Some Merced residents will face higher costs if their health insurance coverage ends

Residents of Fresno County could be among the hardest hit in California if the U.S. Congress does not renew federal funding that reduces the cost of prescription drugs in the health insurance market.

Residents of Fresno County could be among the hardest hit in California if the U.S. Congress does not renew federal funding that reduces the cost of prescription drugs in the health insurance market.

Getty Images

Residents of Merced County could be among the hardest hit in California if Congress doesn’t renew federal funding that lowers the cost of prescription drugs in the health insurance market.

The American Rescue Plan expanded the amount of financial assistance available to people who purchase their health insurance through the Affordable Care Act’s marketplaces.

“> If Congress does not approve the extension of the planpeople buying health insurance through Covered California can see an increase of between 82% – or more than $ 1,000, according to Health Access California, which focuses on the declaration of health consumers.

Covered California registrants who live in the 16th, 21st and 22nd Congressional districts — which are represented by Merced Democrat Jim Costa, Hanford Republican David Valadao and Tulare Republican Connie Conway, respectively — could face even higher increases.

People in District 16 could be hit with an average increase of 151% – the largest increase in the state compared to other districts.


La Abeja, a newsletter written by California Latinos

Log in here to receive our weekly newsletter on Latino issues in California.


Congress can vote on extending the American Rescue Plan before the August recess on Aug. 8. The money is supposed to expire at the end of the year if the MPs don’t act before.

“The people of the Central Valley may be the most affected, but delegates may be divided across parties to increase this support,” said Anthony Wright, CEO of Health Access California. “If support doesn’t increase, you’re going to have some of the biggest additions in the Central Valley.”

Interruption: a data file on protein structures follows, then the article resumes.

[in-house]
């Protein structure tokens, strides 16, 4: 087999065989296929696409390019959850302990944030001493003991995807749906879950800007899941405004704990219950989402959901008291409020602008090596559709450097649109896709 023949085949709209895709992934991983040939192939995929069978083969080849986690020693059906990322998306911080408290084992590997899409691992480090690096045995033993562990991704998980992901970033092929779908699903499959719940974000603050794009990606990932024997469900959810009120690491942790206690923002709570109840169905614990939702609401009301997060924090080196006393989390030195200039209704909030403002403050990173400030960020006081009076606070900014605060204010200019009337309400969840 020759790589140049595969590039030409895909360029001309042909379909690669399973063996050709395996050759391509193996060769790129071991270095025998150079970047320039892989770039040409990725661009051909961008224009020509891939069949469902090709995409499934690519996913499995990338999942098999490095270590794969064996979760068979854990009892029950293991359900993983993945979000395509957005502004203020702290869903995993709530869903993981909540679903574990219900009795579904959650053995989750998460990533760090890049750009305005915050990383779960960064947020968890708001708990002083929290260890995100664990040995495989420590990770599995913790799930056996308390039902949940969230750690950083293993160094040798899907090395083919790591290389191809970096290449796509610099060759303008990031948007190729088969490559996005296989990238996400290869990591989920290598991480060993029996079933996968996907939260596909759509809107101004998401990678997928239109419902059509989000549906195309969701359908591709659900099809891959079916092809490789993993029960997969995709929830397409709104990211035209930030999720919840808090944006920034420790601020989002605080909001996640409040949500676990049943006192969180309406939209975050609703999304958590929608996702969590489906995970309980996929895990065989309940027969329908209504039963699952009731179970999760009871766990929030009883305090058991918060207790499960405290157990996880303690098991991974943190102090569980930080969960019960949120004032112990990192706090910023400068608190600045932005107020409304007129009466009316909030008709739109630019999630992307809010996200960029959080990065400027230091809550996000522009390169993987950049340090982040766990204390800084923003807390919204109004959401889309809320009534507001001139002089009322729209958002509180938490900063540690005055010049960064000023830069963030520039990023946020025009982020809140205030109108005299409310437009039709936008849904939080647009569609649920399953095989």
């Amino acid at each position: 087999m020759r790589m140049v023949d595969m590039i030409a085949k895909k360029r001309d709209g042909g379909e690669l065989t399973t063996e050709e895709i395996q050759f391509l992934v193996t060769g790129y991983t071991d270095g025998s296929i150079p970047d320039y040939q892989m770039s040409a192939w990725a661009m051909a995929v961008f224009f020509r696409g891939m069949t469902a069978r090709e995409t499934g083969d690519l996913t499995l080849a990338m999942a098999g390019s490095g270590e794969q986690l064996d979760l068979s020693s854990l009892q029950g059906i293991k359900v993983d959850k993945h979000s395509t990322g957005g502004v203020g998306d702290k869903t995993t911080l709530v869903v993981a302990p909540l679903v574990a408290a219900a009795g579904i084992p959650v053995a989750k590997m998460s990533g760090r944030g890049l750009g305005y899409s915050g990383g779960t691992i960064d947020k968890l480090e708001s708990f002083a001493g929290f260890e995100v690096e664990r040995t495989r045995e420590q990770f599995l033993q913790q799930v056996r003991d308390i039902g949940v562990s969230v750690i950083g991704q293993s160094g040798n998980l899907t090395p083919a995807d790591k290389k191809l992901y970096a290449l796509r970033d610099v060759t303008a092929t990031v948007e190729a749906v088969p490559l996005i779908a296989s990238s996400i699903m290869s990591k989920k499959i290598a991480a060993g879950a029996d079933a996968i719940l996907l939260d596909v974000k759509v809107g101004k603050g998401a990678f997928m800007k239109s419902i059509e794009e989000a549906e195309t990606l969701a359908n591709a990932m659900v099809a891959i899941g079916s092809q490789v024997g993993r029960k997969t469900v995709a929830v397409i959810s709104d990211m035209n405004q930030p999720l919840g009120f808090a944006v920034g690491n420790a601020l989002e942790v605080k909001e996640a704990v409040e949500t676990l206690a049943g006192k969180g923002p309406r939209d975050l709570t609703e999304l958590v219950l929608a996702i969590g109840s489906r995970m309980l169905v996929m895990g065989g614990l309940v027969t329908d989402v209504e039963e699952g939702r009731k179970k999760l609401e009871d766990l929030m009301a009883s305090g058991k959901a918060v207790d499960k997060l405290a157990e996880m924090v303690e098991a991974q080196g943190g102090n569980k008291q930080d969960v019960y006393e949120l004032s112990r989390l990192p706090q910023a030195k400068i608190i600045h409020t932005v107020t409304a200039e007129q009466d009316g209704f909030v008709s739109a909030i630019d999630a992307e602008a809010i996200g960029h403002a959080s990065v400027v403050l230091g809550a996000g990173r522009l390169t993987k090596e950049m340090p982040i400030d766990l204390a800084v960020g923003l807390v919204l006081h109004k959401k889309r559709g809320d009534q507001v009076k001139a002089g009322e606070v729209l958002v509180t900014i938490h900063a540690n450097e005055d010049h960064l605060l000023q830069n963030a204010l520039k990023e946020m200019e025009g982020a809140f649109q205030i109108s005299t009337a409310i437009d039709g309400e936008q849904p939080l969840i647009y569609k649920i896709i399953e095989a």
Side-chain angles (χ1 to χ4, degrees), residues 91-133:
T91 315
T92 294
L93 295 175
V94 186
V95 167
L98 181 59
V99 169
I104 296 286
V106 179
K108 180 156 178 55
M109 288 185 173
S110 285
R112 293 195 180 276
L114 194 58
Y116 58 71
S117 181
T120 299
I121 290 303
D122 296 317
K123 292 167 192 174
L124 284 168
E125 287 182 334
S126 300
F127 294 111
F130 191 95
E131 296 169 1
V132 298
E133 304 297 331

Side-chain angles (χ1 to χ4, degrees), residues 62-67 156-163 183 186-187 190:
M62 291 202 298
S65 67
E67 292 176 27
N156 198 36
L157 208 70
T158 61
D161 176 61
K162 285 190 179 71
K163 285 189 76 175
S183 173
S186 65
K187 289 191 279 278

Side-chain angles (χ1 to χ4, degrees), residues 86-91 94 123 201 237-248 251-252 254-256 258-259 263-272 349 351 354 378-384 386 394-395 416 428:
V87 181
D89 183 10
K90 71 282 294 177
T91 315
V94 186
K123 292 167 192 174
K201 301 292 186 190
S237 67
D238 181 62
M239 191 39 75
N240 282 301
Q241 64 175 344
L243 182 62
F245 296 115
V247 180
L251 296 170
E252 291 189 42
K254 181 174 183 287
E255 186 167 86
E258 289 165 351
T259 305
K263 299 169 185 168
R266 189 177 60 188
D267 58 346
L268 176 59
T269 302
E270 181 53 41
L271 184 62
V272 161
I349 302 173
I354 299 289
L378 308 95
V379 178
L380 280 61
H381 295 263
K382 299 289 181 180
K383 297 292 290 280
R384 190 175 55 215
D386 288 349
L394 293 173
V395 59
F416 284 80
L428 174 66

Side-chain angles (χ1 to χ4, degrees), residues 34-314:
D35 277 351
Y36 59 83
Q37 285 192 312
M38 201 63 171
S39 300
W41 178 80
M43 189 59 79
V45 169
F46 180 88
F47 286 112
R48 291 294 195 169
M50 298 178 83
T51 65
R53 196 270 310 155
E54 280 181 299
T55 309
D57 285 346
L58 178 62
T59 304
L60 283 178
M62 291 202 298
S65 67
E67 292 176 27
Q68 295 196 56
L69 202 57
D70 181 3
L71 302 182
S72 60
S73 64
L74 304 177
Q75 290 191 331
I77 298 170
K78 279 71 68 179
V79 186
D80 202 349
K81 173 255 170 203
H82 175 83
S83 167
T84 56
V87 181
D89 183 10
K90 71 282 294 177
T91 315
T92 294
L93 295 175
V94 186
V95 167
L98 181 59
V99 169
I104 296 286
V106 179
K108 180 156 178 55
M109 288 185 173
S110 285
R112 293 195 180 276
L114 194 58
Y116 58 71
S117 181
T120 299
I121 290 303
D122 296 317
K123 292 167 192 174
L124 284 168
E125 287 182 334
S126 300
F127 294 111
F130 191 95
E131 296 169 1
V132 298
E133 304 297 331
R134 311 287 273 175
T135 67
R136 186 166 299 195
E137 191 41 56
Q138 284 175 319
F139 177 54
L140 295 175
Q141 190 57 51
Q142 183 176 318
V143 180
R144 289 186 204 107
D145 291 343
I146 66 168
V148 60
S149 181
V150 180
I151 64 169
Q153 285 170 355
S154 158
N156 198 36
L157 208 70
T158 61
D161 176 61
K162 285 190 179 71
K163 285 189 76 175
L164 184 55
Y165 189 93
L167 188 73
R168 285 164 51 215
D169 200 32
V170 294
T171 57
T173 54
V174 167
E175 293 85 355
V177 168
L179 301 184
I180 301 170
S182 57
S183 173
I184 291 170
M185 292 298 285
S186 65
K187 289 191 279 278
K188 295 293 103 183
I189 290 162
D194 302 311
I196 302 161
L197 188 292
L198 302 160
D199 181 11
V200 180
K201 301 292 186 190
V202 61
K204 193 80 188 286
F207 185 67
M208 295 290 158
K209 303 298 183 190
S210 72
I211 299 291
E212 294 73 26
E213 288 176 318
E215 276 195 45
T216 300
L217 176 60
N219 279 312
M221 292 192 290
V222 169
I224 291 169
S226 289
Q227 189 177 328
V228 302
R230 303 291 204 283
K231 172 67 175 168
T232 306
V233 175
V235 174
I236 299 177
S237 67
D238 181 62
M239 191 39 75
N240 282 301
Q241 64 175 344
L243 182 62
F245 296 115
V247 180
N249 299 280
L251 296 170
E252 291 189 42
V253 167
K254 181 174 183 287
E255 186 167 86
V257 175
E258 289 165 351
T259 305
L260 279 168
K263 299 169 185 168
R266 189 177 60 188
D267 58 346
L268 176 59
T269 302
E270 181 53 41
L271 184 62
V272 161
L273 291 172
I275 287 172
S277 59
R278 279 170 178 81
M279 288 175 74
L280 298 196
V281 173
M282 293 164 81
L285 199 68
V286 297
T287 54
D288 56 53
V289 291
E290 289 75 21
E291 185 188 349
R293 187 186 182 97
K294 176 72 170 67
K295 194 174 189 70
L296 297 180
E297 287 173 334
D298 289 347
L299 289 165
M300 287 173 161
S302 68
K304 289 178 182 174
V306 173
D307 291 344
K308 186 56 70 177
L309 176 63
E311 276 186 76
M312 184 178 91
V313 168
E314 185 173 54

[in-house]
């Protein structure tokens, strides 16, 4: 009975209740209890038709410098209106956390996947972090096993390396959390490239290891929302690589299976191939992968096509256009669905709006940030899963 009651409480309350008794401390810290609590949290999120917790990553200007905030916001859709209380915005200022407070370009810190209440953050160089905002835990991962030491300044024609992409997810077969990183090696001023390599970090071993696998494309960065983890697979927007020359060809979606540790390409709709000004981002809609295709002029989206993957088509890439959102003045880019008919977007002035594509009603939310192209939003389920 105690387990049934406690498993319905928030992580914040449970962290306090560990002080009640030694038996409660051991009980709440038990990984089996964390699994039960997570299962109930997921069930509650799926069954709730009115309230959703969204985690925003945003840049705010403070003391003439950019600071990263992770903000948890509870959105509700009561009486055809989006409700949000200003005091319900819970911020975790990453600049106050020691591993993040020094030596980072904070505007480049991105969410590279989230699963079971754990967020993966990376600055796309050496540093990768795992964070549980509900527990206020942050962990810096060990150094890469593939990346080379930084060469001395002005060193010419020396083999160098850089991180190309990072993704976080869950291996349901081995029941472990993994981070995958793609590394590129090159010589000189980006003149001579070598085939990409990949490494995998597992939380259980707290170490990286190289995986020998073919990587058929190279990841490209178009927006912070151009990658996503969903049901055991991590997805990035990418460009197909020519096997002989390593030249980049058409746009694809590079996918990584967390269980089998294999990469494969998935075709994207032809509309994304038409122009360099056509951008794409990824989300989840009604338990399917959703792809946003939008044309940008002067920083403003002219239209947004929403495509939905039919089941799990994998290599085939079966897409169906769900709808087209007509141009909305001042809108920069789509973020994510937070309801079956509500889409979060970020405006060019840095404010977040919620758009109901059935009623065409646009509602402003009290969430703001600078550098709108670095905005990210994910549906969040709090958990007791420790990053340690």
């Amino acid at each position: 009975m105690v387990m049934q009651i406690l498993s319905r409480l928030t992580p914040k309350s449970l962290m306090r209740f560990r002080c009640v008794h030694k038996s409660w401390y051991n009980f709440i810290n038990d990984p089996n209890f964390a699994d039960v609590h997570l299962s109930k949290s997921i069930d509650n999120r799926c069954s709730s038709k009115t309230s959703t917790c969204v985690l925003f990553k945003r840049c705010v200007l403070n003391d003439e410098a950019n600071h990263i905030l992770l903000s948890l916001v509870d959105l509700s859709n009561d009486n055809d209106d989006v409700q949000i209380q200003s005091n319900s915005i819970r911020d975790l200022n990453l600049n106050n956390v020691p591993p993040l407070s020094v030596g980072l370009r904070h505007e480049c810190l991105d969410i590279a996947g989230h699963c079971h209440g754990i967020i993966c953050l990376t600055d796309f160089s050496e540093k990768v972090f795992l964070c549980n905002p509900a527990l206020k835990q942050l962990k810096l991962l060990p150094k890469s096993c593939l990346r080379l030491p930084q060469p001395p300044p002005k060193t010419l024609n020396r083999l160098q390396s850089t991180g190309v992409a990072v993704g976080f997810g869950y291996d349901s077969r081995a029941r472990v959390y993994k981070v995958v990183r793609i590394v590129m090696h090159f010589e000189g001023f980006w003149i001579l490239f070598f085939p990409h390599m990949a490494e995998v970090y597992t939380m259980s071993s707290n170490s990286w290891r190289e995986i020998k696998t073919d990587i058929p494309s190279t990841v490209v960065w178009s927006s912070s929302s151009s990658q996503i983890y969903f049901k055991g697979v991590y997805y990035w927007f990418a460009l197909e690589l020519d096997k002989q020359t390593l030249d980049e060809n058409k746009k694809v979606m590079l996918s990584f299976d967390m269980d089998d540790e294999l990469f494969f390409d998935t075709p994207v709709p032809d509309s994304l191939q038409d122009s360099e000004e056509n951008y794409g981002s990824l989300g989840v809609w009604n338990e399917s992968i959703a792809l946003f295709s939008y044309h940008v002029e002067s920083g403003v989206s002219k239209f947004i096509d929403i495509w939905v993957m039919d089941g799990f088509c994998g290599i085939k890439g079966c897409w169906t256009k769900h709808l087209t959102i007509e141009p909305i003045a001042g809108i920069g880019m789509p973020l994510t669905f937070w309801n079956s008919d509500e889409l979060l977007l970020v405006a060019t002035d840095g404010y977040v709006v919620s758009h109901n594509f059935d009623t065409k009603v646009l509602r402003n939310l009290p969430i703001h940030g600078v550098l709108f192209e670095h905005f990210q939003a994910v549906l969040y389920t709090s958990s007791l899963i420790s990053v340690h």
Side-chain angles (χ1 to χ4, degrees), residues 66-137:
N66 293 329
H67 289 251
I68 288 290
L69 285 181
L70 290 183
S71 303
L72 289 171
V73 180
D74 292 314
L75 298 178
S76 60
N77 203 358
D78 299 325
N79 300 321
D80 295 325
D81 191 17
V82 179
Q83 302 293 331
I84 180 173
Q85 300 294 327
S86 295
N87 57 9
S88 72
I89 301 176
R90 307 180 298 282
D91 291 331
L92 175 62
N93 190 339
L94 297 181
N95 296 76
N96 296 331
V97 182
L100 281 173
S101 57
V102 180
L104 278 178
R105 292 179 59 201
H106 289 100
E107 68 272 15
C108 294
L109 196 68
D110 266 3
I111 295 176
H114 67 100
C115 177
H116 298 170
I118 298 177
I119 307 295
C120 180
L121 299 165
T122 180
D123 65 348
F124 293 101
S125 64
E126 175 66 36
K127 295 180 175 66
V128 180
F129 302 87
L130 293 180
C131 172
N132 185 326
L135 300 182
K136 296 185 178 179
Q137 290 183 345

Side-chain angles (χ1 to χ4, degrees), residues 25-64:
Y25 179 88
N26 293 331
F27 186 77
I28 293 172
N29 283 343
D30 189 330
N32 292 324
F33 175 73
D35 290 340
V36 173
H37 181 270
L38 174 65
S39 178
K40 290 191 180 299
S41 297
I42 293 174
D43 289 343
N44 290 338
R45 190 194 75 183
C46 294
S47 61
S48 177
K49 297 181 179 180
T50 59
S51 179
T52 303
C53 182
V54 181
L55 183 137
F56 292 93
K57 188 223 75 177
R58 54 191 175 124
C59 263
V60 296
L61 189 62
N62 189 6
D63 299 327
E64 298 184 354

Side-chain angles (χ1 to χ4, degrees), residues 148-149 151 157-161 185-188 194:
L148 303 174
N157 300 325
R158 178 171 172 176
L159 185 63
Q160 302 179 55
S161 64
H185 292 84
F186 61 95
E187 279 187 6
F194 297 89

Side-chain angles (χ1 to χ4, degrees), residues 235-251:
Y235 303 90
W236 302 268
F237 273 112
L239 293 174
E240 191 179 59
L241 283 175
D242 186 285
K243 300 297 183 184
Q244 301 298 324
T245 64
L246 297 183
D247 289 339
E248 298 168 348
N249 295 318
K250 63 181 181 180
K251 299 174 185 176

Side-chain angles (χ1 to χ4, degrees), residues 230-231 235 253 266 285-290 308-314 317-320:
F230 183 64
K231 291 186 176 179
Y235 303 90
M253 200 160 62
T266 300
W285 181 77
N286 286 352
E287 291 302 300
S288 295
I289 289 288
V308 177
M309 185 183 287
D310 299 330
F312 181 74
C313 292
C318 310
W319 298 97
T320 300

People with lower incomes can see higher rates

People without employer-sponsored health insurance go to the Covered California marketplace to buy health care. Federal and state subsidies help keep Covered California’s rates affordable.

Those who buy insurance through Covered California come in many roles and ages, and include agricultural workers, retailers and restaurants, self-employed workers, young and old at the beginning and end of their careers, people in between jobs and more. The majority of people who have signed up for health insurance through Covered California are Latino, according to Wright.

If Congress doesn’t increase funding for the American Rescue Plan, people could end up paying hundreds if not thousands of dollars each year for help. People with low incomes are more likely to be affected by the increase in premiums, which means that those who do not have a financial adjustment can be bought out of the market and left without insurance.

More than 64,000 people enroll in health insurance through Covered California between Counties 16, 21 and 22. About 67% of them – some 43,000 people – are at or below 250% of the federal poverty line, according to Covered California. That means he makes about $34,000 a year.

Data from Covered California shows that residents of the Fresno area who live below 250% of the federal poverty level could see a significant increase in income – 204% on average across counties 16, 21 and 22 – while those living at 400% of poverty. , about $54K a year, should see a 131% increase. The number of people in the federal poverty line could see a 66% increase.

“Although the spread of the epidemic before it was important, but the medical emergency confirms the need to have support, to be able to get the first aid,” said Wright. “This is especially important in an area like Fresno, where you have a lot of diseases like asthma.”

California plans to end subsidies

The American Rescue Plan, which Congress passed last year, said that no one should pay more than 8.5% of their income, according to Covered California CEO Jessica Altman.

The influx of money from the plan helped California “move the mountains” and reach a high number of people who registered for health insurance, and a low rate of 6% uninsured, Altman said.

But, Altman said in an interview with The Fresno Bee, “if the American Rescue Plan ends, 220,000 Californians will be deprived of a tree and will unfortunately join the ranks of the unprotected.”

Gov. Gavin Newsom provided $304 million in the budget to increase health insurance subsidies under Covered California.

“It’s important to note that $304 million is a lot of help from the state,” Altman said, “but we’re getting $1.7 billion here in California a year because of the American Rescue Plan.”

Wright of Health Access acknowledged that government funding can help — but not fix — the problem.

“Even though it can deal with negative impacts, people still see an increase, an increase of hundreds or thousands of dollars,” Wright said.

Covered California typically publishes enrollment information in October and open enrollment in the insurance market begins Nov. 1. People have until the end of the year to choose or change their health insurance plan.

“Time is of the essence here, and every day it’s about doing as much as possible while avoiding disruption and confusion for consumers,” Altman said.